On August 22, 2000, Marion County Health investigators contacted the Oregon Health Department to report that a number of County residents were suffering from E. coli O157:H7.  Three days later Wendy’s International, Inc voluntarily closed its Salem restaurant.  The findings by the Marion County Health Department made the link to this Wendy’s restaurant clear:

The matched case-control study implicated Wendy’s Restaurant at 2375 Commercial Street SE in Salem as the source of this outbreak of E. coli O157:H7 infection.  Molecular sub-typing linked the first nine cases to eight additional cases, including one whose only exposure to Wendy’s was a [Wendy’s] restaurant in Tualatin, Oregon….

See Outbreak Investigation Report.  Reinforcing the fact that this outbreak had its common source at the Salem Wendy’s restaurant, the health department determined that “[n]o cases of infection caused by this strain of E. coli O157:H7 with illness onset after August 25, 2000, have been detected in Oregon or elsewhere.”

In its published Outbreak Investigation Report, the health department defined the outbreak victims as follows:

confirmed case:  a person with laboratory-confirmed E. coli O157 infection with onset after eating at Wendy’s Restaurant on SE Commercial Street in Salem (Oregon) since August 7, 2000 OR with E. coli O157 infection of the same molecular subtype confirmed by PFGE after eating at any other Wendy’s Restaurant since August 7, 2000;

presumptive case:  a person who developed bloody diarrhea within 7 days of eating at Wendy’s Restaurant on SE Commercial Street in Salem between August 14 and 18, 2000 (the exposure dates of confirmed cases);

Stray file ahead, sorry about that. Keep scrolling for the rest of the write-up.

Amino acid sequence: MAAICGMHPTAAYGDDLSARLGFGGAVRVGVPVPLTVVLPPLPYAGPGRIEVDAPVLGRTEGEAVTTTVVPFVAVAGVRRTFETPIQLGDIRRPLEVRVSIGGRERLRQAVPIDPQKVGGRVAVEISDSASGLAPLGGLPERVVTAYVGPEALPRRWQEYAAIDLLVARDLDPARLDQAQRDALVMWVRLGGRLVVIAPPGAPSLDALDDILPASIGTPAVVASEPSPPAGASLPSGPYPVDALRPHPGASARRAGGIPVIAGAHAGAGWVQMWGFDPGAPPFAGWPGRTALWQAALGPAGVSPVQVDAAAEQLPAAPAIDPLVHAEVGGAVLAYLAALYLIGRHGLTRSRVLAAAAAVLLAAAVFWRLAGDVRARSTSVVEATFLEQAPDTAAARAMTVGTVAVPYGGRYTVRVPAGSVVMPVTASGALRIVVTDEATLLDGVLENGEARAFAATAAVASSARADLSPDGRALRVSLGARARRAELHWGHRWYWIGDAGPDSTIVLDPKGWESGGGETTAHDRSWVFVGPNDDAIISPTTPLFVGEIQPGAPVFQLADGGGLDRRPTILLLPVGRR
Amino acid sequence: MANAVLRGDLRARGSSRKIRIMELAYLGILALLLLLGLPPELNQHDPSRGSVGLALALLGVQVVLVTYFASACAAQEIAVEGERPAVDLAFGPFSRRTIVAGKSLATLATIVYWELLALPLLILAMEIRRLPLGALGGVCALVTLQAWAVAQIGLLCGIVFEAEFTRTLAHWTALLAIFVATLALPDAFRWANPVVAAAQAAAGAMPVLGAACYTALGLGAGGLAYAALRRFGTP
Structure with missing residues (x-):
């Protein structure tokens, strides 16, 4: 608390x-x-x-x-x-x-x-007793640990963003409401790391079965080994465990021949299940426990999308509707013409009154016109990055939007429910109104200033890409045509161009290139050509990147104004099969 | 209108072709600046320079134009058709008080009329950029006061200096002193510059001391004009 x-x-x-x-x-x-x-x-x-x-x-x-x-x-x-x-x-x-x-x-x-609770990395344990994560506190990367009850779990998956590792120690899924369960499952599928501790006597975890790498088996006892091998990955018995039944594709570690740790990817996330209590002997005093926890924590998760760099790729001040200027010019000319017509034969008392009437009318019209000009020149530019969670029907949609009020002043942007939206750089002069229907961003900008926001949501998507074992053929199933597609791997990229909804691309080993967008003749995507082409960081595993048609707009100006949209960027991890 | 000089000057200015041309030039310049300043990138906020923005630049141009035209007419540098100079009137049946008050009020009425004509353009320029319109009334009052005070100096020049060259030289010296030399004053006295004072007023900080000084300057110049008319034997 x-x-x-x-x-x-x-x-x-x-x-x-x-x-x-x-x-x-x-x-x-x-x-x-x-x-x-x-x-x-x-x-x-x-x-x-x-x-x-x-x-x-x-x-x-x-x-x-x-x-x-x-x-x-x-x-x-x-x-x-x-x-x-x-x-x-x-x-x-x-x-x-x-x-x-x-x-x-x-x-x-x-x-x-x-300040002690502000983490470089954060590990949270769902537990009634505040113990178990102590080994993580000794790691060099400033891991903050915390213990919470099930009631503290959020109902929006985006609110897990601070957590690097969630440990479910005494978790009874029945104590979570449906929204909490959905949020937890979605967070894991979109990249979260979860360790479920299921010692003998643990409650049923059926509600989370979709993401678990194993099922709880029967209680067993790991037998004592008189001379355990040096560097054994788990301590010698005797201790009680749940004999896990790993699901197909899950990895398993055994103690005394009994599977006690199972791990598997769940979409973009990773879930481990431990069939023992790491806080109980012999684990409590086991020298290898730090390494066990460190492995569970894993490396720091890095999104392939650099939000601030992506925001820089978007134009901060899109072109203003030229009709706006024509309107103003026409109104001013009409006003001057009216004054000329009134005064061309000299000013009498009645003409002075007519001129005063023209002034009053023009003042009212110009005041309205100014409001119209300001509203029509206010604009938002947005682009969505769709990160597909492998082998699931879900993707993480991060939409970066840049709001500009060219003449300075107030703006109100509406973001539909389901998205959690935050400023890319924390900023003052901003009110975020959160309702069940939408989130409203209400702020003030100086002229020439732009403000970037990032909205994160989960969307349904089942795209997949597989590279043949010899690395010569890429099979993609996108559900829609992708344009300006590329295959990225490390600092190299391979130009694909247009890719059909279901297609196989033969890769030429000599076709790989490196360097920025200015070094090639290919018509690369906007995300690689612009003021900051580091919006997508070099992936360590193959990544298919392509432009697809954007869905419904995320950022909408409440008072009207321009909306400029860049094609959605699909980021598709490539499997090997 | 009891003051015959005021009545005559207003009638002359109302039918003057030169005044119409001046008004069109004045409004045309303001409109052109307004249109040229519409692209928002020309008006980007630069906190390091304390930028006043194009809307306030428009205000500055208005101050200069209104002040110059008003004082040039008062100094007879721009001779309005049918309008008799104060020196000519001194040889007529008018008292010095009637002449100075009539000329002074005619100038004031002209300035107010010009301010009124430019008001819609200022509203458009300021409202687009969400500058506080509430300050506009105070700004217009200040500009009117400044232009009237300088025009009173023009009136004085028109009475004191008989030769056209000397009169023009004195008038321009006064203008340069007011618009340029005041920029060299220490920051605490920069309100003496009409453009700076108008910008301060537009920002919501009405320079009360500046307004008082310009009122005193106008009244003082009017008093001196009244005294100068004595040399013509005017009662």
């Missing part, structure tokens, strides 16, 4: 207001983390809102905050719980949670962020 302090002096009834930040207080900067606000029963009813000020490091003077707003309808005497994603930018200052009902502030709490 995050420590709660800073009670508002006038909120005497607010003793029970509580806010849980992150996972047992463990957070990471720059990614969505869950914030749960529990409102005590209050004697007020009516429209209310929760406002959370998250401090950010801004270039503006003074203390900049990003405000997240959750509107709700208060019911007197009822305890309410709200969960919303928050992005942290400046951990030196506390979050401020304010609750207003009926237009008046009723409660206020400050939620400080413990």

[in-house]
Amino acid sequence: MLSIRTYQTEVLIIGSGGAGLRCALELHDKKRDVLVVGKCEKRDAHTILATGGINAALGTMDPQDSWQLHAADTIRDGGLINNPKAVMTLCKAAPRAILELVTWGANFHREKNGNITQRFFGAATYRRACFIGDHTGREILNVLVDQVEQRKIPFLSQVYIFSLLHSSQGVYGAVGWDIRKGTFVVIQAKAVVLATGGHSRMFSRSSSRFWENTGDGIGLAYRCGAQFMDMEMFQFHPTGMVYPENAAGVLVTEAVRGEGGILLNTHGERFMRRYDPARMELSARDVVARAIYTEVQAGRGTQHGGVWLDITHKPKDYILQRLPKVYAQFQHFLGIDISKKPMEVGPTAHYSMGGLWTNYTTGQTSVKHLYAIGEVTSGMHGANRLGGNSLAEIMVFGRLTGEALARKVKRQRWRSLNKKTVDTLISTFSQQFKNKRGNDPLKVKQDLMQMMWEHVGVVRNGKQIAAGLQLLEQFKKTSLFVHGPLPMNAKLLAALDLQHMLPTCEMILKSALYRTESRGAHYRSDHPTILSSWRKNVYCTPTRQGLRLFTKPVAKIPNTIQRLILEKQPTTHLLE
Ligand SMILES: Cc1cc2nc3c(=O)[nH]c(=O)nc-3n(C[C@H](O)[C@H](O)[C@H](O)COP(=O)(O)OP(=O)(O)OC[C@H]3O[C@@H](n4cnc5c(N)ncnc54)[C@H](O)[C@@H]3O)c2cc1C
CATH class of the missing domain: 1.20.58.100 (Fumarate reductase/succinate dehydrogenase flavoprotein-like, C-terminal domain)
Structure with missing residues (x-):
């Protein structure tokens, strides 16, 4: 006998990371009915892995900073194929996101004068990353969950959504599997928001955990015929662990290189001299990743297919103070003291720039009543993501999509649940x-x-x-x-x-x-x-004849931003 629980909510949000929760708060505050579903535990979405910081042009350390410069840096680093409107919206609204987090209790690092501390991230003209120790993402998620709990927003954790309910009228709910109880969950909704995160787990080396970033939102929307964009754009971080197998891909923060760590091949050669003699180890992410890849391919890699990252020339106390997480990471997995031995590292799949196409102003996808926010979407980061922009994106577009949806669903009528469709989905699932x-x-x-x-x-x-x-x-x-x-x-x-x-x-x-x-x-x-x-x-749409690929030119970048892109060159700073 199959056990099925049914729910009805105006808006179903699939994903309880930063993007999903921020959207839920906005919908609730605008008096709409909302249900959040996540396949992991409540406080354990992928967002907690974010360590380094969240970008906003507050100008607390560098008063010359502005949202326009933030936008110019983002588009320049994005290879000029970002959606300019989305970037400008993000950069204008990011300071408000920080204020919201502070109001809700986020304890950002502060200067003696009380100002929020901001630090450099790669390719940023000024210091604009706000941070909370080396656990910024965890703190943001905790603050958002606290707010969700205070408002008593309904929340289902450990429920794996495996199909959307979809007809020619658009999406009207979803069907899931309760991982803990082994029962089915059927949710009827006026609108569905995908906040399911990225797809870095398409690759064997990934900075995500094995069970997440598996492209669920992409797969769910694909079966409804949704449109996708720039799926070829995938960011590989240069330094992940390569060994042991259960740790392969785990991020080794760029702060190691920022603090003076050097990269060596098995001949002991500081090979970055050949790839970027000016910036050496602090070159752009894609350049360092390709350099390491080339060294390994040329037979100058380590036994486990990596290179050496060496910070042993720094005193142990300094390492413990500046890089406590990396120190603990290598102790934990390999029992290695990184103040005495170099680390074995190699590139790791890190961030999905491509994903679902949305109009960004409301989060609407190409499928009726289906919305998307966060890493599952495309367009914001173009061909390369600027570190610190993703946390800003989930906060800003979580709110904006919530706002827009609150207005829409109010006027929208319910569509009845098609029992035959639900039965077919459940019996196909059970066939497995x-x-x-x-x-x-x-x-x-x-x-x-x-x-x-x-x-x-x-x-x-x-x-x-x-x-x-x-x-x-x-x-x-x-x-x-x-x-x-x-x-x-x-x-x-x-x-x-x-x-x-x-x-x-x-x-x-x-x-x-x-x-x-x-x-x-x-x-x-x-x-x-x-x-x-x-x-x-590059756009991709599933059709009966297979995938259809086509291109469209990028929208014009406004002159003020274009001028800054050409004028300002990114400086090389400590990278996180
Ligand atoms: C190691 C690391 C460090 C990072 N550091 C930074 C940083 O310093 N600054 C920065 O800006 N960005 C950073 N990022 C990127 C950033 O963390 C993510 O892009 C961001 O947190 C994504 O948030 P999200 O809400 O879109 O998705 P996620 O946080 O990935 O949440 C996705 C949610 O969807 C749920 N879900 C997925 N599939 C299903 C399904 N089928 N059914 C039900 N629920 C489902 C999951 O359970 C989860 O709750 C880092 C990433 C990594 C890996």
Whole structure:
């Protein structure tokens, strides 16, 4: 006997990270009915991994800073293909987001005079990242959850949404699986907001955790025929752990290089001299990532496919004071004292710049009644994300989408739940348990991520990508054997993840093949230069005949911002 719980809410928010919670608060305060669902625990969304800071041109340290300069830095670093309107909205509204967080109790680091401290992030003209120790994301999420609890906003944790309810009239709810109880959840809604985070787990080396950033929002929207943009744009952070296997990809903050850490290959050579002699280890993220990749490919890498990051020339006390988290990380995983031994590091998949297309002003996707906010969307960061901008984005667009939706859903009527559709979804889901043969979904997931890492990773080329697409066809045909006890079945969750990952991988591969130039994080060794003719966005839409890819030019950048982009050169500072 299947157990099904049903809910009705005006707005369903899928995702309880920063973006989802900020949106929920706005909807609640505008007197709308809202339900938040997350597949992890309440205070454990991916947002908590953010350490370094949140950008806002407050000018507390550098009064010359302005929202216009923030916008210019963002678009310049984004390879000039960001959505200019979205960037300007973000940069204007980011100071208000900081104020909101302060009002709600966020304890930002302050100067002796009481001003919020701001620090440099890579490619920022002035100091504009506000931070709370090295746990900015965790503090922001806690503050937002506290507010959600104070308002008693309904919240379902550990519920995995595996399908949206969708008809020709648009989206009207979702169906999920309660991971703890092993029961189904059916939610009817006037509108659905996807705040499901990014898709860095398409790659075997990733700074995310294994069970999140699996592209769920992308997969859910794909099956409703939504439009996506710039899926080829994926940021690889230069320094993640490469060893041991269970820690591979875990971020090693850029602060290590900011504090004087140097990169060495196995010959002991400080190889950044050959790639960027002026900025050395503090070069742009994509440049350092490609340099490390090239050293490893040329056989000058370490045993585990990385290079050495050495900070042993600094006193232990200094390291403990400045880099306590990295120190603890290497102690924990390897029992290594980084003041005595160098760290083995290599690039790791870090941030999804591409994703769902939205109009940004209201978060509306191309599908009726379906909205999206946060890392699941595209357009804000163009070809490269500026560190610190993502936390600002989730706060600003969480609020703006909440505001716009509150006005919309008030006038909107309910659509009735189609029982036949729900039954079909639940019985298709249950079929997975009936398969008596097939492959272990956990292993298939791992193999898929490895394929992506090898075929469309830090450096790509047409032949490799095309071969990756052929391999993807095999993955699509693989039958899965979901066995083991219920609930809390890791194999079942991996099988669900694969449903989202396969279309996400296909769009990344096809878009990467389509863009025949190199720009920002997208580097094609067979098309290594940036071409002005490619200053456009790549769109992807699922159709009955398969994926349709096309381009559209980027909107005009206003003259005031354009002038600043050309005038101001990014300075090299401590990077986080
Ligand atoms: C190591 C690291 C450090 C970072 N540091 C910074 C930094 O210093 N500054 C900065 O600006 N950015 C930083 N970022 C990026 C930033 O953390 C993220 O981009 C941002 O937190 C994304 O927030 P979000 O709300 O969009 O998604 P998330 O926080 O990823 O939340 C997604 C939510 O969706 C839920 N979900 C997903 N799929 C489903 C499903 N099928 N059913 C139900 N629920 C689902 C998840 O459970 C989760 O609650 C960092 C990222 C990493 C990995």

suspect case:  a person who developed non-bloody diarrhea within 7 days of eating at Wendy’s Restaurant on SE Commercial Street in Salem between August 14 and 18, 2000 (the exposure dates of confirmed cases);

secondary case:  a person with bloody diarrhea or laboratory-confirmed E. coli O157 infection who did not eat at a Wendy’s Restaurant during the week before onset of diarrhea, but who developed this illness within 7 days of the onset of laboratory-confirmed or presumptive E. coli O157 infection in a household member who ate at Wendy’s Restaurant on SE Commercial Street in Salem between August 14 and 18, 2000, OR a household member of a case with E. coli O157 infection of the same molecular subtype confirmed by pulsed field gel electrophoresis after eating at any other Wendy’s Restaurant between August 14 and 18, 2000.

The health department investigation revealed that cross contamination from contaminated ground beef may have been the outbreak source, as a number of victims had not eaten ground beef products.  The role of cross-contamination as the source of other major E. coli O157:H7 outbreaks has been well documented.  Independent events of cross-contamination from beef within the restaurant kitchens, where meats and multiple salad bar items were prepared, were the most likely cause of four separate chain-restaurant associated outbreaks in Washington and Oregon in August, 1993.  See Lisa A. Jackson, M.D., et al., “Where’s the Beef?”, Archives of Internal Medicine, Volume 160, August 14/28 2000, 2380-2385.

Marion County Inspectors found several food-handling problems that likely resulted in cross-contamination, causing E. coli O157:H7 bacteria in the meat to contaminate other foods.  These included:

  • Food-preparation staff soaked lettuce in the first compartment of a three-compartment sink that was used to rinse bloody-meat-juice-covered pans in which raw hamburger patties had been held, without cleaning and sanitizing the sink between uses.
  • Food-preparation staff used a cleaning and sanitizing “wet towel, dry towel” process, whereby a shelf above the grill that held raw hamburger patties was wiped clean first with a dry towel, then with a sanitized-soaked wet towel.  The dry, bloody-meat-juice-soaked towel was used for hand wiping in both the grill area and the sandwich assembly area (where raw products are placed on cooked burgers).